Getting In and Around


Visas: To enter Djibouti, foreign nationals are required to have a valid visa, passport, and proof of yellow fever vaccination. It is possible to purchase a visa at the airport in Djibouti, but doing so is not advisable. We recommend securing your visa before you arrive. A list of entry and exit requirements is available on the U.S. Department of State’s consular website.

Transportation: The main form of transportation in Djibouti is driving. We recommend renting a car; most of them will come with a driver. If you’re traveling outside of the city, a four-by-four is your best choice: many of the roads in Djibouti are unpaved and can be dangerous at night.

There are taxis in Djibouti town, but taxi drivers are infamous for overcharging tourists. Be aware of rates before you agree to a price offered by a taxi driver.

Mobile Phones: Even if you have an international plan on your mobile phone, making local calls or calls back home can be very expensive. If you plan on using a phone while traveling, you might buy a prepaid mobile or an SIM card and add minutes as needed. Keep in mind that mobile phone coverage is limited outside of Djibouti town.


Safety and Security


Concerned about your safety as you plan travel to Djibouti? We at Africa.com, together with our friends, family and colleagues, travel extensively throughout the continent. Here are the resources we consult when thinking of our safety in Djibouti:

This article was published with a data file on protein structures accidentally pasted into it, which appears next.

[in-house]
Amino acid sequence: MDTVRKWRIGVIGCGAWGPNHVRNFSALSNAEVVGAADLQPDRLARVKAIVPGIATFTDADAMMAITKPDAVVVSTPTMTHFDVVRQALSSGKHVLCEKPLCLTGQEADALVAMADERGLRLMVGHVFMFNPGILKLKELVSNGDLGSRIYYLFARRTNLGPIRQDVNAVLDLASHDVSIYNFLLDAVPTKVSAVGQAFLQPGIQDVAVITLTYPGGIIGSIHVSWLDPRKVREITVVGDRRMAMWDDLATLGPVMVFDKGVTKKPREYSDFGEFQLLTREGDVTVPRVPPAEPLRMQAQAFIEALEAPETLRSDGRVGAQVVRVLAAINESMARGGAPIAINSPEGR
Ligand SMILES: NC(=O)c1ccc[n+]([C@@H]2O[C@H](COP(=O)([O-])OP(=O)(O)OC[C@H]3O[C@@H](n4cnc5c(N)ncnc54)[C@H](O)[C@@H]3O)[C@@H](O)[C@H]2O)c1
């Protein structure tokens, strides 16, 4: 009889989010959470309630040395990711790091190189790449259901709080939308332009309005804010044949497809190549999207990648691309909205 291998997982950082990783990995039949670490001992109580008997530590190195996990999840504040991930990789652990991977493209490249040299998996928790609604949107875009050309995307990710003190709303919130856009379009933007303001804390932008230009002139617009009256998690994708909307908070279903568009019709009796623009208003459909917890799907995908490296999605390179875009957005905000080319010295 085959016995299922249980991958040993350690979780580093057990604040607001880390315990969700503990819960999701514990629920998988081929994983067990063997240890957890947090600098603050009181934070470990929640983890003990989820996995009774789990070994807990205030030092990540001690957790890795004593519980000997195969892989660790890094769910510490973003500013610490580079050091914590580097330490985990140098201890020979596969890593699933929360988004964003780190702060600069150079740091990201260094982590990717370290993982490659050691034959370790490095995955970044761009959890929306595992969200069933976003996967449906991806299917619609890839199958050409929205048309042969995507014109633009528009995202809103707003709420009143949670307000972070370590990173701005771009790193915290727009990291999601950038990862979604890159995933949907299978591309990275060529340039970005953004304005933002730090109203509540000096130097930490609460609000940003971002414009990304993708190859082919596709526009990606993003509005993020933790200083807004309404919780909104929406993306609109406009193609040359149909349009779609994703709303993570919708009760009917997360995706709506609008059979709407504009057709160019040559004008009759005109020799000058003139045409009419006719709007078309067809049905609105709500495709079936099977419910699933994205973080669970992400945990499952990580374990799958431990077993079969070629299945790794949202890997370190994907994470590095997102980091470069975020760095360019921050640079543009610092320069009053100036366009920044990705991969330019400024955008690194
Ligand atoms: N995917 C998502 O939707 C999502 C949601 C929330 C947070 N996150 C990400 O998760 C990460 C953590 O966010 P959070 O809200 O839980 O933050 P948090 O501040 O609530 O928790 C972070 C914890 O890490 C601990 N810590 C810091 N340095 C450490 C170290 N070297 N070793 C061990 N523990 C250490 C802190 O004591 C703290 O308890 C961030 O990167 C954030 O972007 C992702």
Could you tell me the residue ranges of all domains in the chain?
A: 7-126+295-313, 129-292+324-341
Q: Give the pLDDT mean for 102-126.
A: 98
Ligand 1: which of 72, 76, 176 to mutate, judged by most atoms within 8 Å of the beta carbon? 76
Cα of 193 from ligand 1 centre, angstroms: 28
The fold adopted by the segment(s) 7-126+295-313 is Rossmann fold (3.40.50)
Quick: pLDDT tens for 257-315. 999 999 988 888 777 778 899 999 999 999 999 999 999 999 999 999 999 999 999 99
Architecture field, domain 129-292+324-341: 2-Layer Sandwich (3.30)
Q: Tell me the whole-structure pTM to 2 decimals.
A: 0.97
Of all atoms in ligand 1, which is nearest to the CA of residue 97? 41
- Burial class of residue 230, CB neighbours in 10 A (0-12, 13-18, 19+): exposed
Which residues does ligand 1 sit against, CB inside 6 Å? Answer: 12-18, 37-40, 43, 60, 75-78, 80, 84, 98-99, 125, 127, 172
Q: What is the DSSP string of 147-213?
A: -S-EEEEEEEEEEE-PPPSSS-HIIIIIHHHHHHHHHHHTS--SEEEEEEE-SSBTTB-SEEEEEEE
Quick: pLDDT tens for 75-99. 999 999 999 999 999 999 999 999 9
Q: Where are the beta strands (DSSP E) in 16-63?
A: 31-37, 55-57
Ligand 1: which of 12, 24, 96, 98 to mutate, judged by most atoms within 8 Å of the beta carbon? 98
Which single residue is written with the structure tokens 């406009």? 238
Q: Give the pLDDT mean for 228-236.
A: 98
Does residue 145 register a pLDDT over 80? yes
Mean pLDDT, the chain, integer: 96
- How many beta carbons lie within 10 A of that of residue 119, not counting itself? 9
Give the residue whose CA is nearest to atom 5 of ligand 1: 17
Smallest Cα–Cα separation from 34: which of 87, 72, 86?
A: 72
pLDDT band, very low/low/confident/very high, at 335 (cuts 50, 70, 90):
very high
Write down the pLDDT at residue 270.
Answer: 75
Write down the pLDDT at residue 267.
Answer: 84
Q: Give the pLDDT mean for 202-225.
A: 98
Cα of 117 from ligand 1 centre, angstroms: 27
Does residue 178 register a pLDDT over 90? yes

• UK Government Djibouti Travel Advice Guidance

Africa.com comment: Very timely and frequently updated. Perspective assumes that you ARE going to travel to Djibouti, and seeks to give you good guidance so that you understand the risks and are well informed.

• U.S. State Department Travel Advisory on Djibouti

Africa.com comment: Can sometimes be considered as overly conservative and discourage travel altogether to destinations that many reasonable people find acceptably secure. On the other hand, they have the resources of the CIA to inform them, so they know things that the rest of us don’t know. See what they have to say about Djibouti.


Local Advice


1. It has a very important and active port in the Gulf of Aden. This East African nation is just smaller than Massachusetts. It is bordered by Eritrea, Ethiopia, and Somalia. Djibouti is divided into five districts: Ali Sabih, Dikhil, Djibouti, Obock, and Tadjoura.

2. The photographing of public buildings and infrastructure is prohibited. Be very careful when using your camera: it is always better to ask permission before taking a photo.

3. The currency is the Djibouti franc, represented by the symbol DJF. Djibouti is largely a cash-based society, and there are very few ATMs, even in the capital. We recommend changing your money before departing for Djibouti or at the airport when you arrive.

4. A population of slightly over 500, 000. The main ethnic groups are the Issa (from Somalia), the Afar, and Ethiopians. The official languages of Djibouti are French and Arabic, and Somali and Afar are widely spoken.

5. A primarily Muslim country. Dress on the conservative side, but remember to stay cool to avoid overheating.

ADC Editor
ADC editors curate, aggregate, and produce news and information for Africa. Contribute stories by sending an email to media@africa.com.